For patients to be active partners in their own care, they need quick access to their personal medical information.
in three very different settings: an urban teaching hospital and associated communitybased practices (Beth Israel Deaconess Medical Center in Boston), primarily rural practices (Geisinger Health System in Danville, Pa.), and clinics at a safety net urban hospital (Harborview Medical Center in Seattle). We are learning that patients are overwhelmingly interested in gaining rapid access to their notes and that many doctors appreciate the potential for open records to improve care.
The enthusiasm of patients appears to cut across all lines of age, health status and education. And while many doctors turned down our invitation to join the one-year project, citing fears that their notes would adversely affect their already onerous work flow and frighten or confuse patients, only one doctor who signed up for the study later dropped out, and that was for personal reasons.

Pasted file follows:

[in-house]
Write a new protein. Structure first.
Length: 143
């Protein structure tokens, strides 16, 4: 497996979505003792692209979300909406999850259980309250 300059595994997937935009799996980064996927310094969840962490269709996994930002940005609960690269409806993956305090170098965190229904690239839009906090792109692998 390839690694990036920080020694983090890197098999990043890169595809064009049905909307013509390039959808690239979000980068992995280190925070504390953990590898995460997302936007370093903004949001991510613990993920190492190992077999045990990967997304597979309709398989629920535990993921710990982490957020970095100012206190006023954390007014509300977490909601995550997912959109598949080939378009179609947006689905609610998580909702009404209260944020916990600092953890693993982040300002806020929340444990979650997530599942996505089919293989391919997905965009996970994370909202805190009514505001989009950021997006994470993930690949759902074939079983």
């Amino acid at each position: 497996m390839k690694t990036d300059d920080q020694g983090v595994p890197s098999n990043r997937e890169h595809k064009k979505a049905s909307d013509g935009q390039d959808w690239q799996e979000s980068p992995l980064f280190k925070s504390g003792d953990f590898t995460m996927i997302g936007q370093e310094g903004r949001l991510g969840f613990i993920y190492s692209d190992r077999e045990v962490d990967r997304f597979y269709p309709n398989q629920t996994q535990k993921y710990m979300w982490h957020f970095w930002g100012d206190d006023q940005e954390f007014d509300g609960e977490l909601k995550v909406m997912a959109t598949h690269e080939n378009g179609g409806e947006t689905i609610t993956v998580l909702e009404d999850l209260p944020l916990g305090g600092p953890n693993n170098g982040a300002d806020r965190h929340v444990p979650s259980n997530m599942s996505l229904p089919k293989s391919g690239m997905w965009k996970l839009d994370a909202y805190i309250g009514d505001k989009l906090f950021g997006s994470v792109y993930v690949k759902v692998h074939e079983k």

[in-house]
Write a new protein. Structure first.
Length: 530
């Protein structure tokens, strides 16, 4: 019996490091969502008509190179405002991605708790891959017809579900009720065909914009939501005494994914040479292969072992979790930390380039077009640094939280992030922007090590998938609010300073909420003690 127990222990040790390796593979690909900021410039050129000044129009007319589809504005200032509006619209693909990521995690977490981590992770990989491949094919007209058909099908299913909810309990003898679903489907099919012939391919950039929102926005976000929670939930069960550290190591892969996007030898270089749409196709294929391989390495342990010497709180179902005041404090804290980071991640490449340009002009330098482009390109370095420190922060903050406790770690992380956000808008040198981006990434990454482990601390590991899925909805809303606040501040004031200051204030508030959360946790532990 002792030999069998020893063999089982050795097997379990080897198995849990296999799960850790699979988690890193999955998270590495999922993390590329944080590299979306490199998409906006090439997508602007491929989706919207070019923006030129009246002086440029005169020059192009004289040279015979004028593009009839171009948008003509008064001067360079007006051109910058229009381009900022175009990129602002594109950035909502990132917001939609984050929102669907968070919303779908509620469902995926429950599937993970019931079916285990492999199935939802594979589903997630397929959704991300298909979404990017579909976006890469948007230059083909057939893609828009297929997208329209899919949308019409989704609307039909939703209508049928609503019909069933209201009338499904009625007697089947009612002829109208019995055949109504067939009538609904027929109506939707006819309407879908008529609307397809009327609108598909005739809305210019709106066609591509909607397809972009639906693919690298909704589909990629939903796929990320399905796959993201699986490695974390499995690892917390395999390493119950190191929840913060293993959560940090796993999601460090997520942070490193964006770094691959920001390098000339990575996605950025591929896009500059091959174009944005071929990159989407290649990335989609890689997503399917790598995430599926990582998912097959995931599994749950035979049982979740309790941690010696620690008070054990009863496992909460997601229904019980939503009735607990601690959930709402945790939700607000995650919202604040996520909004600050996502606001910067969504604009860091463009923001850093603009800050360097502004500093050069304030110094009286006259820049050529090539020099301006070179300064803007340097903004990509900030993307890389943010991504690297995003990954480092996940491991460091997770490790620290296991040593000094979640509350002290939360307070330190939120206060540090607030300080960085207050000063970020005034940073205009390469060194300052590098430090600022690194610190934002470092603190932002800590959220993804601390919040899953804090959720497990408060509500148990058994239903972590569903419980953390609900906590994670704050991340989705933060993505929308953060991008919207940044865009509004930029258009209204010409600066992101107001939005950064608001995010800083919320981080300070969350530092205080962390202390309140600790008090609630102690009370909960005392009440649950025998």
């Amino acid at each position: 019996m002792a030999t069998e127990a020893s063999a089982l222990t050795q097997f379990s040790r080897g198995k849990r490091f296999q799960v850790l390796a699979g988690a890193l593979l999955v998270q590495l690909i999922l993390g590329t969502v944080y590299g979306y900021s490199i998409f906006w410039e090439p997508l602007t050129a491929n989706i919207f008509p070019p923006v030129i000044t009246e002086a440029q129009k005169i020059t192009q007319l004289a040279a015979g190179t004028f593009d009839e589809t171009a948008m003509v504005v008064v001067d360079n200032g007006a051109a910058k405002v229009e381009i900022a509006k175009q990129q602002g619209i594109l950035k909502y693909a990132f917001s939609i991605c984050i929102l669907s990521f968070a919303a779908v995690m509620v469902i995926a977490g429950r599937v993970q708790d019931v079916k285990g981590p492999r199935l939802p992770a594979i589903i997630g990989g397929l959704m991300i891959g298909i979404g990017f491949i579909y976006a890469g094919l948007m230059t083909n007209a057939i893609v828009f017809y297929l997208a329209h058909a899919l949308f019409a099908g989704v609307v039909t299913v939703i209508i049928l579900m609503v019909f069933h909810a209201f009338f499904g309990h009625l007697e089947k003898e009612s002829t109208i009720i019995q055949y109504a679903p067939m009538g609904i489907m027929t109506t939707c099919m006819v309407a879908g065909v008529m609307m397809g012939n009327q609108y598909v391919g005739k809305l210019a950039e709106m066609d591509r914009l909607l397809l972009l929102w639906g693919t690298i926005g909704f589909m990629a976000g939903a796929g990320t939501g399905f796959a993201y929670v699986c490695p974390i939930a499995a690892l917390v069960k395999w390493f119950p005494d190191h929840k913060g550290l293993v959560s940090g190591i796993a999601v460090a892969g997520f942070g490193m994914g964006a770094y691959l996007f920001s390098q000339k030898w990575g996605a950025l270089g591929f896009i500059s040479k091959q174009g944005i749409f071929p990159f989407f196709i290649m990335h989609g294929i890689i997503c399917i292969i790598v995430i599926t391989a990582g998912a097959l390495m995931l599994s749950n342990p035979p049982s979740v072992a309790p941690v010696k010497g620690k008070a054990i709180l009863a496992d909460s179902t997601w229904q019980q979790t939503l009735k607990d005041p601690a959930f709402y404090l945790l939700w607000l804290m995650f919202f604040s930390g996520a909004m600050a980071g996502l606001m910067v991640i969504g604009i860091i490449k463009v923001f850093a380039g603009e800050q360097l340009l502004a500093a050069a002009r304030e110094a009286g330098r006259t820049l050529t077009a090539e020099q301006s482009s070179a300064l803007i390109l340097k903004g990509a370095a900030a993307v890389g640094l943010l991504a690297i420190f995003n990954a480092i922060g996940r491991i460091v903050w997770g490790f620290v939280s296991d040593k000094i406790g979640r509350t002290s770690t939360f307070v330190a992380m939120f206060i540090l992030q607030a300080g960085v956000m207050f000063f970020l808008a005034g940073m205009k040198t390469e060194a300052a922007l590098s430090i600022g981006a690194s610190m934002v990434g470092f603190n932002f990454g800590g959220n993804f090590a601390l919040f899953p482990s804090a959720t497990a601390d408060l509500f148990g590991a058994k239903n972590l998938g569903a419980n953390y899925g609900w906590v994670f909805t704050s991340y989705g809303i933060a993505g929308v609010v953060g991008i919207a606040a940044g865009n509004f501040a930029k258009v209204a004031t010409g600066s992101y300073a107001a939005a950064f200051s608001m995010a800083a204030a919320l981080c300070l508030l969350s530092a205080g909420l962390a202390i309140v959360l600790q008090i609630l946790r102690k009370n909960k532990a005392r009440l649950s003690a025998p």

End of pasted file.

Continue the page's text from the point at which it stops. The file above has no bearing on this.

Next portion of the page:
Moreover, hallway conversations indicate that doctors have not experienced significant disruptions to their work, an impression consistent with several earlier, albeit smaller studies focusing on subspecialists caring for patients with diabetes or heart failure. One doctor who was initially very hesitant told us recently that she feels “much safer” with her patients reviewing what she writes, and others Dr. Tom Delbanco and Jan Walker are clinicians at Beth Israel Deaconess Medical Center, Boston, and teach at Harvard Medical School.